‘Did she have much else to do with her time?’ Guðgeir asked, looking down at the woman on the bed. Her brown hair was cropped short and her face was made up of fine lines. Her ears were pierced, with a delicate silver ring in each one. Her arms were at her sides, hands closed. His eye was caught by the ring finger of her right hand, and a heavy silver ring with a striking emblem. He took a picture of it with his phone.

‘No, not exactly,’ Svala said. ‘There isn’t much to do, but all the same…’ she was about to place a hand on the body.

‘Don’t,’ Leifur said quickly. He looked up from what he was doing and glared at Svala. ‘Don’t touch anything.’

‘Of course, sorry,’ she muttered, withdrawing her hand.

Leifur gave her a smile, as if to soften his harsh words, and paused to inspect the pictures on the walls.

‘They’re beautifully done,’ he admitted.

‘That’s right. Kristín was artistic and a sensitive soul. I can’t understand why she did this. I just don’t get it at all,’ she sighed, a look of despair in her eyes. ‘She lived a life that was so much richer than most people you meet in here do. Spiritually, I mean.’

‘Creative people frequently tend to be vulnerable,’ Leifur said, sounding philosophical. ‘She wanted to leave something behind.’

‘Kjarr. Kristín Kjarr,’ Guðgeir said, as if to himself. ‘Did she have any children?’ he asked.

Svala shook her head. ‘I don’t think so, no.’

‘No suicide note to be seen here,’ Leifur announced.

‘Are any of the other prisoners aware of this yet?’ Guðgeir asked, stepping cautiously past a large plastic cup that lay on the floor.

‘No, none of them,’ Svala said, running hands through her reddish hair, pushing it back behind her ears, which gave her the look of a young girl. ‘But I’m sure some of them noticed that Kristín didn’t show up this morning.’

‘Could you let the priest know that he can go and see the family?’ Guðgeir said. ‘We’ll come down to the office when we’re finished, and it would be useful to have a chat with you then, Svala. You seem to have known Kristín well.’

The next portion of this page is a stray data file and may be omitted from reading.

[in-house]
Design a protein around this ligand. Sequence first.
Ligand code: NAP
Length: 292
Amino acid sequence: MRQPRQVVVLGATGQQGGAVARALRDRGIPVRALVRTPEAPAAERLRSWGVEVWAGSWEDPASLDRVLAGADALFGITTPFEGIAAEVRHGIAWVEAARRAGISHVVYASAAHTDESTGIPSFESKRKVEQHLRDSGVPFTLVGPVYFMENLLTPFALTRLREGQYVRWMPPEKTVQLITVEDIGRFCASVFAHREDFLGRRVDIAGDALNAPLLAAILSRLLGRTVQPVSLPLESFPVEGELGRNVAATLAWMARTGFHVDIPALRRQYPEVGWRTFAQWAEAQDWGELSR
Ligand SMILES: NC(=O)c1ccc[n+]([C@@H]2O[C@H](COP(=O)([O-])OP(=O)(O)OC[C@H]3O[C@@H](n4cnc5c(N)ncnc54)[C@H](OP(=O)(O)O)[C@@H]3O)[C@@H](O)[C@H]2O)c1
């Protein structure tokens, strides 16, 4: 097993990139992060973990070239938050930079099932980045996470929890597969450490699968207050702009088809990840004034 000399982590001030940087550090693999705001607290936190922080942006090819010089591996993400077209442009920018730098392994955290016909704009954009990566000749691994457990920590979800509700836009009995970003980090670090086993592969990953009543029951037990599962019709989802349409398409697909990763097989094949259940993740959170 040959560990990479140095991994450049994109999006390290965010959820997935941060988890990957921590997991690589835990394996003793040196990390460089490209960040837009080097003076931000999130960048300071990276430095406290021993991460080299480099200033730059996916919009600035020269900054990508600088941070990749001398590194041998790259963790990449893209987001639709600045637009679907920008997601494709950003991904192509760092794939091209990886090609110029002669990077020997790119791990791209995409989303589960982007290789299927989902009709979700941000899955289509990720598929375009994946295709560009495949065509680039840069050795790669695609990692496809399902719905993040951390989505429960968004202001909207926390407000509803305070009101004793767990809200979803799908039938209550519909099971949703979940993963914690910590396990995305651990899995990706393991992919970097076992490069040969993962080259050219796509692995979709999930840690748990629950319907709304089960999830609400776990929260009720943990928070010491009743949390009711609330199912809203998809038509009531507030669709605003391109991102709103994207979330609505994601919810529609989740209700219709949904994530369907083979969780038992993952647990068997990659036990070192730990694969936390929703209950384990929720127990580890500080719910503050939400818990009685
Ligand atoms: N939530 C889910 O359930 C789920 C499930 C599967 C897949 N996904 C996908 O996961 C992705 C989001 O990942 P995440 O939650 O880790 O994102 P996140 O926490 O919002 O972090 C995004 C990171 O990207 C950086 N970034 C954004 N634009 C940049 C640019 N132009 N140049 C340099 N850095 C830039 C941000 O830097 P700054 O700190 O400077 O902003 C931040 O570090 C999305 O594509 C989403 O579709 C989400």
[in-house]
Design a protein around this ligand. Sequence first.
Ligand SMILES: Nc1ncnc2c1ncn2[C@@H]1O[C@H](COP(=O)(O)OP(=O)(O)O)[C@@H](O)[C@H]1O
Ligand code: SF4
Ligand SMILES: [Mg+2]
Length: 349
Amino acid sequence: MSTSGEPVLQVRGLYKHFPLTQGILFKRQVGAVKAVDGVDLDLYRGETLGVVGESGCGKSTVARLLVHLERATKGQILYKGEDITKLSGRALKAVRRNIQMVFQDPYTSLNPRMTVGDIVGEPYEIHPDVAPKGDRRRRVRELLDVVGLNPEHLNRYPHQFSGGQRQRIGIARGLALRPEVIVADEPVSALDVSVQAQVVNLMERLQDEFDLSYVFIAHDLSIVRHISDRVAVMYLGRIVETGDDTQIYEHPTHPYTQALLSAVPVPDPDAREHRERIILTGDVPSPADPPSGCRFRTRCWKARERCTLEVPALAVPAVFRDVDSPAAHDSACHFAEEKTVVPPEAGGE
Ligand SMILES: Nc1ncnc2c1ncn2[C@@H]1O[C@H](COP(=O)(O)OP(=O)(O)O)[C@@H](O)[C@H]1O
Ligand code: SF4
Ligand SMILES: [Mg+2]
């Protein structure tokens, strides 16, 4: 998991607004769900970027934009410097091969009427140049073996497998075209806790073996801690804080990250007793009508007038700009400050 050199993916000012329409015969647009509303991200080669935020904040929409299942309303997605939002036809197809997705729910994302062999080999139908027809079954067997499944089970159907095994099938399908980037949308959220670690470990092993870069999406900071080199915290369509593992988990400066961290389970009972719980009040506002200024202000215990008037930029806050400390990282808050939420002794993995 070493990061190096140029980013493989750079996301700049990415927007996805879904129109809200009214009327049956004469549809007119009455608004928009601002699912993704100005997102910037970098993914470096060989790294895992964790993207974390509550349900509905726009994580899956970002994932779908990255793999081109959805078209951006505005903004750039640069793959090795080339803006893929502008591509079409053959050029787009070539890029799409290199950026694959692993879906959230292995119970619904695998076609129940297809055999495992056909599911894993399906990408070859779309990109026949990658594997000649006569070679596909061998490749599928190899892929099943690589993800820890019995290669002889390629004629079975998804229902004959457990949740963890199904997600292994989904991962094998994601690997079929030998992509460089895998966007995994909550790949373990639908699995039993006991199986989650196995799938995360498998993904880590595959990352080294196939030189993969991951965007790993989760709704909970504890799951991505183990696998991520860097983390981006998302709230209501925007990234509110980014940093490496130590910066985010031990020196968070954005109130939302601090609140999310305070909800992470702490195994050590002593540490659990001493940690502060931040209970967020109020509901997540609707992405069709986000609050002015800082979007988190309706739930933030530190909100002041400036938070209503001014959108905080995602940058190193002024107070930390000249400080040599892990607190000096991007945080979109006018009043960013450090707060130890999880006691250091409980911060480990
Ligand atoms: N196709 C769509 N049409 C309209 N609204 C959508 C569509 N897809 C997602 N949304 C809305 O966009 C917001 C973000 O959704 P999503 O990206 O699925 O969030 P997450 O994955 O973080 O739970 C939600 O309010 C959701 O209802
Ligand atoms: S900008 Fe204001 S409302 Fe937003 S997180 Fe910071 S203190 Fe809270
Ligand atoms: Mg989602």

She nodded, anxious to be helpful, but also relieved to be released from the discomfort of being present. Guðgeir waited for her footsteps in the corridor to fade away before he turned to Leifur.

‘Don’t you think this is all weird?’ he asked, rubbing his chin, the dark bristles rough against his hand.


Don't forget to follow the tour!

Wednesday, April 07, 2021

CrimeFest Awards 2021 - Shortlists

Here are the shortlisted titles for the CrimeFest Awards 2021.

From the Press Release:

CRIMEFEST, one of Europe’s leading crime writing conventions, has announced the shortlists for its annual awards.

The awards feature the Specsavers Debut Crime Novel Award, the winner of which receives a £1,000 prize.

A further £1,000 prize fund is also awarded to the Audible Sounds of Crime Award, sponsored by Audible.

Up for the hotly-contended Specsavers Debut Crime Novel Award is Richard Osman, who ruled the bestseller lists with his smash-hit, The Thursday Murder Club. The shortlist also features Trevor Wood, who won the CWA John Creasey (New Blood) Dagger in 2020, for The Man on the Street.

Sheila Michell's biography of her husband - and namesake of the H.R.F. Keating Award – is in contention for the best biographical or critical book in the genre. Michell’s HRF Keating: A Life of Crime has been hailed as the definitive portrait of the artist and man.

The H.R.F Keating Award also features Martin Edwards, editor of HowDunit: A Masterclass in Crime Writing by Members of the Detection Club, which has also been nominated for the 2021 Edgar Allen Poe Award. Also in contention is Heather Martin, an academic, linguist and author of the definitive Lee Child biography, The Reacher Guy.

The Last Laugh Award sees debut-author Richard Osman return as he is pitted against stalwarts of the genre, including Elly Griffiths and Carl Hiaasen.